More than 100 concerned residents peppered state and local officials Monday for information about the new Interstate 74 Bridge.

Moline Mayor Stephanie Acri hosted the event, part of a series of casual meetings to share ideas and air concerns about the city.

Experts on site included Ryan Hippen, construction field engineer for the Illinois Department of Transportation, and Danielle Mulholland, I-74 project engineer with the Iowa Department of Transportation.

"I don't get tired of talking about this improvement," Hippen said. 

The basket handle true arch twin bridge is to cost an estimated $1.2 billion, and open late in 2020 after 3½ years of construction.

According to Hippen, it will have a much higher capacity for traffic and mobility, and will be much safer.

Much interest was expressed in an extra 14-foot wide lane, which is designed for bicyclists and walkers. "Anything that does not have a motor," Mulholland said.

At the mid-point of the bridge, the lane will have a glass bottom, to look at the Mississippi River below. This is a unique part of the bridge design, Hippen said. The recreational lane is on the west, or down-river side of the bridge.

The project is on schedule, and the schedule is "very aggressive," Hippen said. Traffic delays will be the worst in 2019 when Iowa-bound, or west lanes are closed for a prolonged amount of time. The lane closures allow the project to be built faster, Hippen said.

At the height of the delays, local traffic will be diverted to Kimberly Road in Davenport to access the lanes back into Illinois. Other travelers will be detoured to both Interstate 280 and Interstate 80 bridges.

Officials did not know what the speed limits will be on the new bridge, but a consultant, George Ryan, estimated it to be between 60-75 miles per hour.

Both the Iowa and Illinois departments of transportation are responsible for the bridge, and both departments will provide maintenance. "That's been the process in the past, and that will continue," Mulholland said.

Several questions were about work in the winter months, which officials said will continue, weather permitting. Activities are to go forward on all contracts, Hippen said.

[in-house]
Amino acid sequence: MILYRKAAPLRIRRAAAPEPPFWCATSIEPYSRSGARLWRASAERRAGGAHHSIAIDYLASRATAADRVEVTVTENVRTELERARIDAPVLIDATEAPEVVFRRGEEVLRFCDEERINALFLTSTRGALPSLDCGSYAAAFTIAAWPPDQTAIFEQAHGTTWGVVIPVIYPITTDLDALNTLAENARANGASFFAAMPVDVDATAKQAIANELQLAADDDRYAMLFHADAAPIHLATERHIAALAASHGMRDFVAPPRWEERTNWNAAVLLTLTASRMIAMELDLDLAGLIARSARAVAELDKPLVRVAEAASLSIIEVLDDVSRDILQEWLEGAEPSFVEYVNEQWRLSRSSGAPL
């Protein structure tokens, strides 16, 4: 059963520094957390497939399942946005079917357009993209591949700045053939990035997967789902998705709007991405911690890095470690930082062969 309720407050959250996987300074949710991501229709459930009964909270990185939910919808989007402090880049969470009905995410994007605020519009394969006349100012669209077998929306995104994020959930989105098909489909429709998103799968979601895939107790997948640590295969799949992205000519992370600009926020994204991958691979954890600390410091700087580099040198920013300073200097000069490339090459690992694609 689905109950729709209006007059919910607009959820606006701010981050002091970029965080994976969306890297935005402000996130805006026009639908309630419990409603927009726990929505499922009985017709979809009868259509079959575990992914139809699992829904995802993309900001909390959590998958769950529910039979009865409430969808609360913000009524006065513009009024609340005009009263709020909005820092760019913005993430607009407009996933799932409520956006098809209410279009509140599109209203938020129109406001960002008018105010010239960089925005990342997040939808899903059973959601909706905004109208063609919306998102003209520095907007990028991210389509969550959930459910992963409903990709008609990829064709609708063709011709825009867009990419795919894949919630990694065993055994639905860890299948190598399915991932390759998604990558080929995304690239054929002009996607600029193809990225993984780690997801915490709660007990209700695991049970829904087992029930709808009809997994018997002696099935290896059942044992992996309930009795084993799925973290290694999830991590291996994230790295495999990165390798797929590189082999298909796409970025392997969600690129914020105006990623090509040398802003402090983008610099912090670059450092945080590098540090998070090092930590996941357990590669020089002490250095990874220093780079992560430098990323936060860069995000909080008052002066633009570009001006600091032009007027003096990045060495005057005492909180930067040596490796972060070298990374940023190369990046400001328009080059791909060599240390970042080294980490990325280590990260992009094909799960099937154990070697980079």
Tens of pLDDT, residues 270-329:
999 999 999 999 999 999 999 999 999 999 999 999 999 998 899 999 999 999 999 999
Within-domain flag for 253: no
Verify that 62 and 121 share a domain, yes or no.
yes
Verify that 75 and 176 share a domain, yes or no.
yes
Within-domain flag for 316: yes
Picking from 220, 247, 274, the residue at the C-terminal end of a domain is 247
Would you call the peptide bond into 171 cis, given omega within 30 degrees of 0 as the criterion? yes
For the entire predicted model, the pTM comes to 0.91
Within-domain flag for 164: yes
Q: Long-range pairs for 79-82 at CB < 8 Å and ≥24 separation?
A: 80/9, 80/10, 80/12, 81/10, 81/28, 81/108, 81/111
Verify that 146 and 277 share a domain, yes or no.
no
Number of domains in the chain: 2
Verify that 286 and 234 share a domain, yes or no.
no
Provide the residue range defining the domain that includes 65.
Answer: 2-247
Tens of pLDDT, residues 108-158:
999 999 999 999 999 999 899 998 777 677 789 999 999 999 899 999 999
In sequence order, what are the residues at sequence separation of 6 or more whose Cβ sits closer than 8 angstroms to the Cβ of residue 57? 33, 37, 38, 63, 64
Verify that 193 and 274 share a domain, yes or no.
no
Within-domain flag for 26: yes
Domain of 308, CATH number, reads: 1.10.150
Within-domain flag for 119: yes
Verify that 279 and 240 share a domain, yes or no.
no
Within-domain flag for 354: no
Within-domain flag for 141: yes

Those at Monday's meeting were curious about work on the Moline riverfront. According to Hippen, earthwork is being built up. Poor-quality materials were removed from the area and replaced with what he called "good, solid fill." The result will be an 18-20 foot tall embankment for the approach to the bridge, which will be accessible as it is now, from both River Drive and 7th Street. Some 50 trucks a day are hauling materials back and forth, Hippen said.

In addition, the city of Moline is providing support to reduce dust in the area, including water trucks to spray on debris. "But this is a dirty system," Hippen said.

There were several questions on the work along 7th Street and 19th Avenue, and Hippen said this is a complete redo of the intersection, including new storm sewers. That work also is related to the new bridge and should be completed in early December.

The main channel will be kept open for all the construction, except when the "handles" get placed on the middle section, Mulholland said.

In addition, a contractor is scheduled to pull down the existing bridge in 2021. That is expected to utilize a number of methods but not much dynamite because of the mussels in the area, Mulholland said. The debris will be recycled and none will be left in the river.

The new bridge is constructed entirely of stainless steel, which is very corrosion-resistant, Mulholland said. It is to be covered in concrete and there are structural monitors included, so officials can judge maintenance needs.

One man asked about generators, which he had spotted on a barge. These, Mulholland said, are used to drill through rock, and they all run simultaneously.

But officials were stumped at a question about the soldier on the monument, that used to be located near the existing bridge in Bettendorf. The formal name of the structure is the Iowa-Illinois Memorial Bridge, and the monument included a World War I soldier.

That monument was removed because of construction, Mulholland said, and will be relocated to Moline. A specific site has not been chosen and she did not know the name of the solider on the monument.

"But I'm going to look that up," she said.

The hope is to open the new bridge late in 2020, Hippen said. It is expected to last 100 years when completed.